What did you want to accomplish with Vanquish -- is it just a pure exciting action game for you, or is it more of a larger experience? Where did the idea come from for you?
SM: Part of it was a desire on my part to give the shooter genre a try, but I also wanted a shooter with a heavy traditional-action element to it.
How much time did you spend in San Francisco to determine the setting?
SM: Hmm...how many times did I visit San Francisco? Around four or five times.
Is the city itself actually important to the game, or is it sort of an iconic place that's incidental to the story?
SM: There's no very deep importance to it, no.
I did appreciate seeing Coit Tower explode.
SM: Oh? I just felt like destroying the Golden Gate Bridge, so...
I feel like that sometimes too.
The game's genre could generally be associated with Western design, but it has the look of a game made in Japan. How do you reconcile those things -- and do you even have to?
SM: I do think the visuals lean more towards a Western style, but the original inspiration was from Casshern, a Japanese animated show, and a lot of the game's taste comes from that. I don't think worrying about reconciling those two ideas was a big concern when we began development, though.
The original inspriation for the visual look is from the movie version of Tristan and Isolde; that was the initial spark, although the look wound up evolving into something completely different in the end.
How do you determine the camera position for third-person perspectives? It seems that the whole genre has been influenced by your decisions.
SM: It was very much trial and error. We played around with the camera angles over and over again for something like one to three months until we got it right. I wanted your character to be visible onscreen, but in a shooter the enemy has to be plainly in sight as well, so I had to strike that balance in my experimentation.
In most game projects, the main character sort of grows new animations through the course of development, and we kept revising the angles to make new animations clear and present onscreen as well.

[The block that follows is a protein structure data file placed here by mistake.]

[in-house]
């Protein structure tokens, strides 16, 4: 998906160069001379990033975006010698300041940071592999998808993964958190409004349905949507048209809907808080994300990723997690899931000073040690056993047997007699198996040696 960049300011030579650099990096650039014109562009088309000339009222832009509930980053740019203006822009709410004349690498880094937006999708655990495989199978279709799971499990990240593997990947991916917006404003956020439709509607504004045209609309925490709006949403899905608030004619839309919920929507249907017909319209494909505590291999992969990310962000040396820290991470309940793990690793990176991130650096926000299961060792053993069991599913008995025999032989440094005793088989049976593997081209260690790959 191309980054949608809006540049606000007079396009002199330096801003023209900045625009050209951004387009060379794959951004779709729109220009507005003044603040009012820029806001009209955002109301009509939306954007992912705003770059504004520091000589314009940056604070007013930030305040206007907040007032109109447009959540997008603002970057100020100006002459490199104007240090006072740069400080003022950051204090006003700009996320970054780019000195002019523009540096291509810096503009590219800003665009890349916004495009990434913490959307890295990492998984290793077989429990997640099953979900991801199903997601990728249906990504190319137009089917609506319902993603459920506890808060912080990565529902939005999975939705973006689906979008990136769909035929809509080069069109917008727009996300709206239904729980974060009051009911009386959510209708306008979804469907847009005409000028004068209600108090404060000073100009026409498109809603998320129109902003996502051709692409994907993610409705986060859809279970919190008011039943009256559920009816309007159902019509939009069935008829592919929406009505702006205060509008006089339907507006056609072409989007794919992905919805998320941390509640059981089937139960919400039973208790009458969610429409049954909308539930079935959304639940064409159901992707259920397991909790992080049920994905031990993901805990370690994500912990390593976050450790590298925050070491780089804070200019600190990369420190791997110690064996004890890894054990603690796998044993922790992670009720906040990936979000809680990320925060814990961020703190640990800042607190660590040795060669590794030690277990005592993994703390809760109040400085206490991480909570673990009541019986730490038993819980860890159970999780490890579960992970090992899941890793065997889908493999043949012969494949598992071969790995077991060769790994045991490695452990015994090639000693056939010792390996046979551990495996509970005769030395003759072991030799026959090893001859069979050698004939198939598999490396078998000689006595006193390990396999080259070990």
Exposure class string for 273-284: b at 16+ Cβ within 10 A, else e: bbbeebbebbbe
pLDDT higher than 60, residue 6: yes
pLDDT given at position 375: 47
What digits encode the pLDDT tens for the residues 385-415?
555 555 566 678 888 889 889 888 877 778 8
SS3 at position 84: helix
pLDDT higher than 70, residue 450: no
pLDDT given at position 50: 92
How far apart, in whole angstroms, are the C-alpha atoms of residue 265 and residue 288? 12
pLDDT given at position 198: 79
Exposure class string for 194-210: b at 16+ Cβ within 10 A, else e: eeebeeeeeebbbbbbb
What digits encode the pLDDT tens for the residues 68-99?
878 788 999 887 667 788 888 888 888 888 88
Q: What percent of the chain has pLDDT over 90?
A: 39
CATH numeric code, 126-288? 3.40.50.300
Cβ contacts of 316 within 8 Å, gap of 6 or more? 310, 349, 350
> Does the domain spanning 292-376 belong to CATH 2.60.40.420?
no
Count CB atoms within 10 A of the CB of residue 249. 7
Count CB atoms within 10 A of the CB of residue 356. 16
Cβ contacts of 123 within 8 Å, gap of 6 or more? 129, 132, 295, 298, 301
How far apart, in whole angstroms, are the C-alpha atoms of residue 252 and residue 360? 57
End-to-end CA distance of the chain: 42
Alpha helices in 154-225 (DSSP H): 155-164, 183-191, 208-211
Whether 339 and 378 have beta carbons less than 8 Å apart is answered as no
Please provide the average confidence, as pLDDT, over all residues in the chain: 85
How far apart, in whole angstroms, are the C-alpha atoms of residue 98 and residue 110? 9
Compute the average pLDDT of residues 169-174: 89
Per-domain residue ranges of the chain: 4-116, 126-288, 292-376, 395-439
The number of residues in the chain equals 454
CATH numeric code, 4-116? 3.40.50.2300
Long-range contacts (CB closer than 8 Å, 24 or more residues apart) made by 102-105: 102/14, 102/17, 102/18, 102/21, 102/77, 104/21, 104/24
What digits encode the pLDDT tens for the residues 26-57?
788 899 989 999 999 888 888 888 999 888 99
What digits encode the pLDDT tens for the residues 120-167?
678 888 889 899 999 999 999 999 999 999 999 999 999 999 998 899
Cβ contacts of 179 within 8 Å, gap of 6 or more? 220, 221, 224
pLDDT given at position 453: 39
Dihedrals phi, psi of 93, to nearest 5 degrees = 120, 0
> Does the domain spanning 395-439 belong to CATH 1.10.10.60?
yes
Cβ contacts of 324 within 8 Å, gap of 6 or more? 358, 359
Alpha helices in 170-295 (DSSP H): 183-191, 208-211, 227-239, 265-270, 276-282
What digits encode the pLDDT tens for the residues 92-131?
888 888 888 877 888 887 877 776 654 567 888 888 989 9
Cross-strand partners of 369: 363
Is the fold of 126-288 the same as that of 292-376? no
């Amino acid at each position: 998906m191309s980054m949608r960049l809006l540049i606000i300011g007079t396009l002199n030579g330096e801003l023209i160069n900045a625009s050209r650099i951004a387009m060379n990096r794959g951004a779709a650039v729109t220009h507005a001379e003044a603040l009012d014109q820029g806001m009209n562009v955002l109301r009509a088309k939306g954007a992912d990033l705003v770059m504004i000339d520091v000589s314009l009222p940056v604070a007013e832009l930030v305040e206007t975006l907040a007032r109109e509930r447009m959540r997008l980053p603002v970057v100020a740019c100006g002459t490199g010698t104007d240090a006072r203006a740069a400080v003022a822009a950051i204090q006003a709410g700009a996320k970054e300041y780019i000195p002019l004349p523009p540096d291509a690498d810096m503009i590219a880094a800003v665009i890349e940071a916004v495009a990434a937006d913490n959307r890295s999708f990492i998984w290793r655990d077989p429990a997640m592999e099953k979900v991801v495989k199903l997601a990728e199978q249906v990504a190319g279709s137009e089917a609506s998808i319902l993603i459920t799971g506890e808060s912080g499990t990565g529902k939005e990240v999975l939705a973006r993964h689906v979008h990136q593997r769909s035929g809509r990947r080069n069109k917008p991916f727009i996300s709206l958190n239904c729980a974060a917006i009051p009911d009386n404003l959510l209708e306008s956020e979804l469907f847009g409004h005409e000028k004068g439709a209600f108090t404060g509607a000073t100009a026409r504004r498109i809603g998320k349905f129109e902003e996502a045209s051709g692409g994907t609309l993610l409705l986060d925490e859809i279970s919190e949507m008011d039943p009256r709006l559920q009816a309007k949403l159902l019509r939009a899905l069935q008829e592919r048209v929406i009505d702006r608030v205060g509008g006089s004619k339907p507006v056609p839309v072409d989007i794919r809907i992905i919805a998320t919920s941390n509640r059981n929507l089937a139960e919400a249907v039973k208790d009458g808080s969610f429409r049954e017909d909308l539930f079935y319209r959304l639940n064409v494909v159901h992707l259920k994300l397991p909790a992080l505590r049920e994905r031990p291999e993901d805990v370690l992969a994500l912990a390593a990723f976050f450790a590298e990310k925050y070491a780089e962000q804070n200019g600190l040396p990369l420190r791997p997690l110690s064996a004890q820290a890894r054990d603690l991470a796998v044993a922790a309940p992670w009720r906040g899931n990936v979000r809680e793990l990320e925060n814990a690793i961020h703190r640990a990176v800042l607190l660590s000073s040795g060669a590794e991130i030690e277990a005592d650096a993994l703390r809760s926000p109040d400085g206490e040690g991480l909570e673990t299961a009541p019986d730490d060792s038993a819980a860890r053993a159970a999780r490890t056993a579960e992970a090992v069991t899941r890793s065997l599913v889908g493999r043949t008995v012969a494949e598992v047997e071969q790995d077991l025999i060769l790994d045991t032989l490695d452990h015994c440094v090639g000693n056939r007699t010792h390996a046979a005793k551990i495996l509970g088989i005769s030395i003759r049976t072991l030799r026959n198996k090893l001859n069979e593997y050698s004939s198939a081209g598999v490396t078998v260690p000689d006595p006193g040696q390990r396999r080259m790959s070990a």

It's been a really good solution for showing as much of the playfield as possible while showing the player -- not going into full first-person mode where the screen is your very existence. It also removes a lot of clipping errors where the camera will go into things when it's further back.
SM: That's very important, yes, and something that gave us a lot of trouble in this project. From a development standpoint, FPSes are easy as pie to make. (laughs) In third-person, though, the player's viewpoint is different from where the character's bullets or whatever are coming from.
So you have to reconcile the gun versus the viewpoint.
SM: It's never something you can pull off perfectly, because there's a physical difference in the locations of the two points, you know? With Gears, they show the track of your bullets rather than where the actual bullets are hitting. I think that's a really clever solution, but I want Vanquish to show the actual bullets themselves onscreen. That's led to a lot of headaches. (laughs) The fact that there's no online in this game is the one thing that makes it possible.
So considering that first-person is so much easier, what made you decide to keep with third-person?
SM: It was because of the sense of speed we were trying to convey here, the sort of quick, fluid motions your character is capable of. If this was an FPS, we'd need to make things a lot faster than they are now, and even then, that sense of speed just isn't there unless you're showing the character onscreen pulling off those speedy, acrobatic moves.